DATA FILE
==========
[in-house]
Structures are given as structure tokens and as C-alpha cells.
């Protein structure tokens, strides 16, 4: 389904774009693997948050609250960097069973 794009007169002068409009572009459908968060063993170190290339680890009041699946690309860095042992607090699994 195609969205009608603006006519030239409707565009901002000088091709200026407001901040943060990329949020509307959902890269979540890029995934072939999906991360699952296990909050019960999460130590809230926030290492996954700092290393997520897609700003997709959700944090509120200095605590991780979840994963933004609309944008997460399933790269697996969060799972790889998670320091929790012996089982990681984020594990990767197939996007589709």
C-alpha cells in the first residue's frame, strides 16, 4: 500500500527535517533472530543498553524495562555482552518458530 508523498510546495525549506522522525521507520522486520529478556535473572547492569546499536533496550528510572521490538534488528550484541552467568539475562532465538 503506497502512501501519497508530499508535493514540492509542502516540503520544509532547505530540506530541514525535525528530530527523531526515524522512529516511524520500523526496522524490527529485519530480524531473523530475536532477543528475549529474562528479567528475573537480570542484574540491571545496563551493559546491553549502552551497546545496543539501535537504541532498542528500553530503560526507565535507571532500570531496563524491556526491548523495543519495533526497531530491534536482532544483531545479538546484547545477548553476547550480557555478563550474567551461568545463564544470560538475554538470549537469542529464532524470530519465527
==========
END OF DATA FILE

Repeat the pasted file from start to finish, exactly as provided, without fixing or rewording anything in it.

[in-house]
Structures are given as structure tokens and as C-alpha cells.
């Protein structure tokens, strides 16, 4: 389904774009693997948050609250960097069973 794009007169002068409009572009459908968060063993170190290339680890009041699946690309860095042992607090699994 195609969205009608603006006519030239409707565009901002000088091709200026407001901040943060990329949020509307959902890269979540890029995934072939999906991360699952296990909050019960999460130590809230926030290492996954700092290393997520897609700003997709959700944090509120200095605590991780979840994963933004609309944008997460399933790269697996969060799972790889998670320091929790012996089982990681984020594990990767197939996007589709």
C-alpha cells in the first residue's frame, strides 16, 4: 500500500527535517533472530543498553524495562555482552518458530 508523498510546495525549506522522525521507520522486520529478556535473572547492569546499536533496550528510572521490538534488528550484541552467568539475562532465538 503506497502512501501519497508530499508535493514540492509542502516540503520544509532547505530540506530541514525535525528530530527523531526515524522512529516511524520500523526496522524490527529485519530480524531473523530475536532477543528475549529474562528479567528475573537480570542484574540491571545496563551493559546491553549502552551497546545496543539501535537504541532498542528500553530503560526507565535507571532500570531496563524491556526491548523495543519495533526497531530491534536482532544483531545479538546484547545477548553476547550480557555478563550474567551461568545463564544470560538475554538470549537469542529464532524470530519465527